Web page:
What they needed, of course, was a visit. What they’d get, what they’d have to settle for, was a letter.

“If things go well this Sabbath,” Paul told his two friends, “I’ll be sending you back to Macedonia. Not right away. But soon. I’ll write the letter before the end of the week. Just so you’ll have it whatever happens.”


IV

In the afternoon, he traveled to the east side of the city and knocked at Crispus’ door. The steward who answered told him his master was out. “But it’s your mistress I’m looking for,” Paul said. He sat with Hester in the atrium, on the same benches where he and her husband had sat for a long conversation weeks before.

“I know this is hard for you,” he told her.

And, for a long while afterwards, she let him know just how hard it was. Her words were not kind at first; fear made her harsh. But, after a time, her tone softened. She spoke of their years in Corinth, always strangers far from home, and of the people who’d become family for them. She talked about her husband, his grief and his goodness. She even managed to tell Paul that she believed his story about Jesus, whatever that faith might cost her.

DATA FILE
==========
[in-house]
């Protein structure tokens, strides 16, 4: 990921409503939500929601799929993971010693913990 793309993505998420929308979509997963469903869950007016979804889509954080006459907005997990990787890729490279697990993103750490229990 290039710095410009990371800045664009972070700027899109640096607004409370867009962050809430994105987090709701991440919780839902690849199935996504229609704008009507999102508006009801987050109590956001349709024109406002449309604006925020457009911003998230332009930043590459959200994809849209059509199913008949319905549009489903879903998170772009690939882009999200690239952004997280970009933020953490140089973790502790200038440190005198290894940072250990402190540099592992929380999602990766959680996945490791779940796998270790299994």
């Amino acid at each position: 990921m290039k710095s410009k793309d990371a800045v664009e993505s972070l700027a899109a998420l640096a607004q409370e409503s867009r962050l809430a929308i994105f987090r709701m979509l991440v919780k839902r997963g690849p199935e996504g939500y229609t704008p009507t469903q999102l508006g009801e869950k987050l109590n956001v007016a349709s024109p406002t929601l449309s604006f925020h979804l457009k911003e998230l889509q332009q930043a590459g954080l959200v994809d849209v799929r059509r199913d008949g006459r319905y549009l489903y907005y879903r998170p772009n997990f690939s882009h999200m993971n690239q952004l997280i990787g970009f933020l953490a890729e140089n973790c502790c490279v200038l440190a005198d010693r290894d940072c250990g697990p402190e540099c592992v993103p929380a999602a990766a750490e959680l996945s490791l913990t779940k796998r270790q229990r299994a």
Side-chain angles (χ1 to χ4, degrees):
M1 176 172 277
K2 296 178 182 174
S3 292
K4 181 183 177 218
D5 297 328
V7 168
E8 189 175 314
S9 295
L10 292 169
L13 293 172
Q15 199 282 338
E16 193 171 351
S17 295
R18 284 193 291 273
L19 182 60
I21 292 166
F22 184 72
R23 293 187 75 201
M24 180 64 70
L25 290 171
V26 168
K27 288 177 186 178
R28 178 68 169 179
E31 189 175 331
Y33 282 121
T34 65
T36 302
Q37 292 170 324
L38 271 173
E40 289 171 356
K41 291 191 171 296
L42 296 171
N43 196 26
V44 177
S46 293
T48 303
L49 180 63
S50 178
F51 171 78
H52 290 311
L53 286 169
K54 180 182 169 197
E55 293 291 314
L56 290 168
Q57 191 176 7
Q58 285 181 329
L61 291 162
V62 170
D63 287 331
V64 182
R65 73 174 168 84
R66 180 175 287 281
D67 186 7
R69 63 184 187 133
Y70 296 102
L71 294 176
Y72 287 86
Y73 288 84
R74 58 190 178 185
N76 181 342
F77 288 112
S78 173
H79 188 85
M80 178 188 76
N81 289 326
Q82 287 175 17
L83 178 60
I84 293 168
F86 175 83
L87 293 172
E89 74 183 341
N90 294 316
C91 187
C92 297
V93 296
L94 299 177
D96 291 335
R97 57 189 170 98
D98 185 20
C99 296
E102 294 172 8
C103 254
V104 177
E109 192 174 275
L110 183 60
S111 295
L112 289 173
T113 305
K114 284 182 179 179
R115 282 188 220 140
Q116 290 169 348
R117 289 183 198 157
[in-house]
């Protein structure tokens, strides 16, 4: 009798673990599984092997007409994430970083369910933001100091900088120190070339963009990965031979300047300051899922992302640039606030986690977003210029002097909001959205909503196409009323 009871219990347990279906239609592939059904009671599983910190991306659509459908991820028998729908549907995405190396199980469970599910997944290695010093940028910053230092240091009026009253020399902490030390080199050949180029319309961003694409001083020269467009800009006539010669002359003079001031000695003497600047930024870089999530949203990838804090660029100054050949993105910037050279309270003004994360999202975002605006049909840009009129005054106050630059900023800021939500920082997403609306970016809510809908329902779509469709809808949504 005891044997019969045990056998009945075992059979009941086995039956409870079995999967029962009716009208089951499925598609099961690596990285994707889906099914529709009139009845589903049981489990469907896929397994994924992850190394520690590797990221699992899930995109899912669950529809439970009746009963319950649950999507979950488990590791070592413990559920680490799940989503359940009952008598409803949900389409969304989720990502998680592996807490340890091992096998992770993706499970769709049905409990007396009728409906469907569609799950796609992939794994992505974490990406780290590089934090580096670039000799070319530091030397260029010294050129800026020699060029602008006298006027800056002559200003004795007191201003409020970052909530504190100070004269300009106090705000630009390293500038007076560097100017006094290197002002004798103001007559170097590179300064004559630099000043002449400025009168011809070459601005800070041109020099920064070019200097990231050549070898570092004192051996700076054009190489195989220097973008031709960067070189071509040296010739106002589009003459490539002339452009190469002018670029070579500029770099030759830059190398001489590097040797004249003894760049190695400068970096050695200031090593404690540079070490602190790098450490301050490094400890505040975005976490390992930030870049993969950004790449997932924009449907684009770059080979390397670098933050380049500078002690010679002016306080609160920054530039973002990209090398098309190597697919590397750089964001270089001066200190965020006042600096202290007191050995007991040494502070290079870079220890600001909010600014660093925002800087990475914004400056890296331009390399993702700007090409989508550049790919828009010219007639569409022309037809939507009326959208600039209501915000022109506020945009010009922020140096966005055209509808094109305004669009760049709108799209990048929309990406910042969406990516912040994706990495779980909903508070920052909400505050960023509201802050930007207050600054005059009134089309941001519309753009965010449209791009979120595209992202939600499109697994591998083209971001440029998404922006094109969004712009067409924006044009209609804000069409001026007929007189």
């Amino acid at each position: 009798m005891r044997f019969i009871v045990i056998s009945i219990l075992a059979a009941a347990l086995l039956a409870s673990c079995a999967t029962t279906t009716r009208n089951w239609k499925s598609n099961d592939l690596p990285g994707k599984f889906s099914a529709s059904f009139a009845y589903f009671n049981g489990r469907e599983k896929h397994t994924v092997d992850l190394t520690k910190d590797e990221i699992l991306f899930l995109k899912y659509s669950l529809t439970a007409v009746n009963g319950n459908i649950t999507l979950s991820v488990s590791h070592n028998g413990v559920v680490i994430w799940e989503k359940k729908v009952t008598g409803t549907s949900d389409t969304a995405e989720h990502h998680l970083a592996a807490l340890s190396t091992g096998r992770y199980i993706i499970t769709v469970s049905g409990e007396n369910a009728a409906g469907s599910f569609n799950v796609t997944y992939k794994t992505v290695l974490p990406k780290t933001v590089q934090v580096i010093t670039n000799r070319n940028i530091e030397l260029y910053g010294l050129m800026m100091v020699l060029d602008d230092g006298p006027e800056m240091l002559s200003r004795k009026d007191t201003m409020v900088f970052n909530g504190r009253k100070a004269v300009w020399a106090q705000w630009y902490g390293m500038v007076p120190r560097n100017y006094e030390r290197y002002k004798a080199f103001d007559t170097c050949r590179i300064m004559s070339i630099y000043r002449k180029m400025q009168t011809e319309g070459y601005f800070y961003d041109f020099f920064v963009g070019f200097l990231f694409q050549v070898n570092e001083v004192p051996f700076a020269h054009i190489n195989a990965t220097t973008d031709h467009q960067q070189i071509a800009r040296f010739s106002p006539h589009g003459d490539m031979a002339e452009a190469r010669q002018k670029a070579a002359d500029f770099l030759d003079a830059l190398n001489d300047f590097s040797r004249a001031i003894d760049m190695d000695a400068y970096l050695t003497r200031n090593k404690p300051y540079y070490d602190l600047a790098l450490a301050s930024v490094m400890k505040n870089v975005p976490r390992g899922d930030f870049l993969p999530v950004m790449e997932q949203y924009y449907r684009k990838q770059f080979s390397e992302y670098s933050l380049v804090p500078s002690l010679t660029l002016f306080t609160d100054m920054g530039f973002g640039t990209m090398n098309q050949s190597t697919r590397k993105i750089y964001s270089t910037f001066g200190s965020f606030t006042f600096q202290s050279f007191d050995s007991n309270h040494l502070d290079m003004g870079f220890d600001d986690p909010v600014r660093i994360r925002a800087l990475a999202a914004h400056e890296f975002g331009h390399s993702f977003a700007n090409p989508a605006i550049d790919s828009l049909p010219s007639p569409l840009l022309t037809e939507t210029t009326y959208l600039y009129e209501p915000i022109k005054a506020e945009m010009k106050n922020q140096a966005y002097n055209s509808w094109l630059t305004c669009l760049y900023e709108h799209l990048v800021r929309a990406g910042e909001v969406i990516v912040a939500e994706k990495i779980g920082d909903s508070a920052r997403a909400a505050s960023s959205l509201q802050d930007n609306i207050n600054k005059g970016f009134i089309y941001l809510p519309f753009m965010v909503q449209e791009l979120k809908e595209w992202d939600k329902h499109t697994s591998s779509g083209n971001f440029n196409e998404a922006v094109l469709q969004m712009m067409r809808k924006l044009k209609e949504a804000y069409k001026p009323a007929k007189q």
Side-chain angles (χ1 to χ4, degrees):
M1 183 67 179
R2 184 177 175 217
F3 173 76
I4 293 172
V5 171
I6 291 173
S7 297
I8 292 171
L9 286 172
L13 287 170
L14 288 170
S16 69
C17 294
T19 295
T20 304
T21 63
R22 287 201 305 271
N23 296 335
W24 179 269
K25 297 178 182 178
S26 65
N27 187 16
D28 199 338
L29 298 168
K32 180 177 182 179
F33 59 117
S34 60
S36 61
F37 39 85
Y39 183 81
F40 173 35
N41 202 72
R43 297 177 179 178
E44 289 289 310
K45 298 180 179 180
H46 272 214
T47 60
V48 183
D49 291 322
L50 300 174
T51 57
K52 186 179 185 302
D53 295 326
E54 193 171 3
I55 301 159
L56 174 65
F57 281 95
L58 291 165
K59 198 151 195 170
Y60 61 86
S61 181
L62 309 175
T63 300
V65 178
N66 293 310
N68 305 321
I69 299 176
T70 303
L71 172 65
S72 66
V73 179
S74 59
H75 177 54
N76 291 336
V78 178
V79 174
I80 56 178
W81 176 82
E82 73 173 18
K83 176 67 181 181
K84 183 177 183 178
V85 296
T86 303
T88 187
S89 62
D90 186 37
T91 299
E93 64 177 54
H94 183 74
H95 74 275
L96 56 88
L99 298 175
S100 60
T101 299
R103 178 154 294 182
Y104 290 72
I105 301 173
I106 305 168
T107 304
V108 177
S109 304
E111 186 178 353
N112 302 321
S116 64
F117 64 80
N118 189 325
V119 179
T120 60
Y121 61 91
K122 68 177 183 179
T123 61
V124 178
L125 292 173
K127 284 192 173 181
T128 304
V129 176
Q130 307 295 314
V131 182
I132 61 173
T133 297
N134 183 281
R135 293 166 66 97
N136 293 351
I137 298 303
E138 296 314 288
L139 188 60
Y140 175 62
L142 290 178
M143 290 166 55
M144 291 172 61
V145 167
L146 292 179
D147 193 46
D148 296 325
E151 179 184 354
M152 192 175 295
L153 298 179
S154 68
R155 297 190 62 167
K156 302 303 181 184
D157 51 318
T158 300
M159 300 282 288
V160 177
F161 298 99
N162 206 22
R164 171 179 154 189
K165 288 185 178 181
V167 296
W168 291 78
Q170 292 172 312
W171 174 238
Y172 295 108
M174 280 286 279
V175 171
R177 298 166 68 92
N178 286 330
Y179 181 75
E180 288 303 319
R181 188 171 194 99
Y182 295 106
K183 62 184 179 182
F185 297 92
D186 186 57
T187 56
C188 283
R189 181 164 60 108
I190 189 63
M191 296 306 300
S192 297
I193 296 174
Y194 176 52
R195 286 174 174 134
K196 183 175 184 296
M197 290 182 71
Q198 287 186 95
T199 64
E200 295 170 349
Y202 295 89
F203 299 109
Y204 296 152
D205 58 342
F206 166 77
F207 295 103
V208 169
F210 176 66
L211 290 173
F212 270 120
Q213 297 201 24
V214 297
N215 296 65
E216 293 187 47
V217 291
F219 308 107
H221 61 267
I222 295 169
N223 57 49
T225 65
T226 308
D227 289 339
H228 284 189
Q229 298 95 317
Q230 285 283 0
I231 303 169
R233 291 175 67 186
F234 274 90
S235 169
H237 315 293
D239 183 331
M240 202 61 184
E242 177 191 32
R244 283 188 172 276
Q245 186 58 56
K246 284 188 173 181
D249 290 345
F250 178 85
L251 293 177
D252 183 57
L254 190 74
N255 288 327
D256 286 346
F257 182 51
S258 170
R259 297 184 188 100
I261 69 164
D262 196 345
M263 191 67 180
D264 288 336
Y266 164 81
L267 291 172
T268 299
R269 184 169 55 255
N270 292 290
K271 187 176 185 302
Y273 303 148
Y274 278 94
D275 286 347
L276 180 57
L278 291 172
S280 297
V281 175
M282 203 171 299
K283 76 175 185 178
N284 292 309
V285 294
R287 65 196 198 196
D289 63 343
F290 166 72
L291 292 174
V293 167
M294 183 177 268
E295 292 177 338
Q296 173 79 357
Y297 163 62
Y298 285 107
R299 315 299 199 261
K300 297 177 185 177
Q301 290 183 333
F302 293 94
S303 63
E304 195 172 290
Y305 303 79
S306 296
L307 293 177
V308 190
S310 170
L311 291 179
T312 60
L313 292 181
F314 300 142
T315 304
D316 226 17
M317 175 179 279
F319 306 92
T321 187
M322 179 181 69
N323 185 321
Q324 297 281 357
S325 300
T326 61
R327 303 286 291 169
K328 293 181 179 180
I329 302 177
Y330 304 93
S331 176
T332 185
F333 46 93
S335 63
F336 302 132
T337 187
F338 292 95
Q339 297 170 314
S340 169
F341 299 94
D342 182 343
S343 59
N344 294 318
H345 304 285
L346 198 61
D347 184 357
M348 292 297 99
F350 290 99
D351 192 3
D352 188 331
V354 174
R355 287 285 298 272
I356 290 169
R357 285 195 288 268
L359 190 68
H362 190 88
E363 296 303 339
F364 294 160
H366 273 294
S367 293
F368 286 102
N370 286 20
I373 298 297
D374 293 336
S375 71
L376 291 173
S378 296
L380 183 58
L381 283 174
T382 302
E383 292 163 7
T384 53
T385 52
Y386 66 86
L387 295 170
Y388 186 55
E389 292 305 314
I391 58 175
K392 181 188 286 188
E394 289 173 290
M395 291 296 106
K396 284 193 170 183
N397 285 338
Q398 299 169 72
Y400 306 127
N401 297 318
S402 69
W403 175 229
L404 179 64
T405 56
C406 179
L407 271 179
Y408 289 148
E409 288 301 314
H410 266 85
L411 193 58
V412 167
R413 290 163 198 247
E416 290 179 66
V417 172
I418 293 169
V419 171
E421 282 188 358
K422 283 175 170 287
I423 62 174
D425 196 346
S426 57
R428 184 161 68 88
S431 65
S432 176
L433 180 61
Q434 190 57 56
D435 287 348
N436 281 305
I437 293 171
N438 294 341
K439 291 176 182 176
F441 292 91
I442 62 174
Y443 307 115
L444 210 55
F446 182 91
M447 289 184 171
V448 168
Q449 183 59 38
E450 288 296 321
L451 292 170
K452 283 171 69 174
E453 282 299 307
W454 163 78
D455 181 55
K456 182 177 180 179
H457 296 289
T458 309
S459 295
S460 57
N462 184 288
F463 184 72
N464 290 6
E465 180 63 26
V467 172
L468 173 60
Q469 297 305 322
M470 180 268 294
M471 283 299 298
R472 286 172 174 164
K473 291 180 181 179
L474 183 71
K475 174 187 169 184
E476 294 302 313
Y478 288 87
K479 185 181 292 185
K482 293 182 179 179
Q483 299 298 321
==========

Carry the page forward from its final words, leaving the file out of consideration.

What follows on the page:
Paul let her talk. It was why he’d come. Hard things could be endured, he knew. But, often, they left resentments in their wake. He could afford no resentment from Hester. She and Crispus were too important to his mission.

So he gave her the gifts of a listening ear and a humble spirit—the listening, his penance for her pain; the humility, his offer of friendship.


V

On the third day, as Aquila and Prisca came downstairs to open up the shop, Paul asked them, “Can I borrow your apartment for a few days? I need a quiet place. I have a letter to write.”

“It’s yours,” Aquila told him without a thought. “We’ll sleep down here in the shop and make sure no one bothers you.” He waggled his eyebrows at his wife. “It’ll be like the early days, won’t it, Priscilla! Sleeping on the floor.”

But Prisca wasn’t listening to her husband. She was staring at Paul. She could sense the weight he was carrying—the weight of Corinth, certainly, and of the coming Sabbath. But it was more than that. He’s too frail to carry so much, she thought. When God picks an apostle, he should choose someone with broader shoulders.

She voiced none of this, however. “We’ll be fine,” was what she said. “You go upstairs and do what you need to do.”


VI

Paul heard that women approaching their time go into a frenzy of cleaning and cooking, preparing themselves and their families for the coming birth. He felt like that now. The urge was primal, an instinctive drive to find a nest and to prepare himself for the letter about to be born.

In the past, he’d dashed off a few notes—to churches, advising them of his travel plans, and to individuals, sending his affection and encouragement.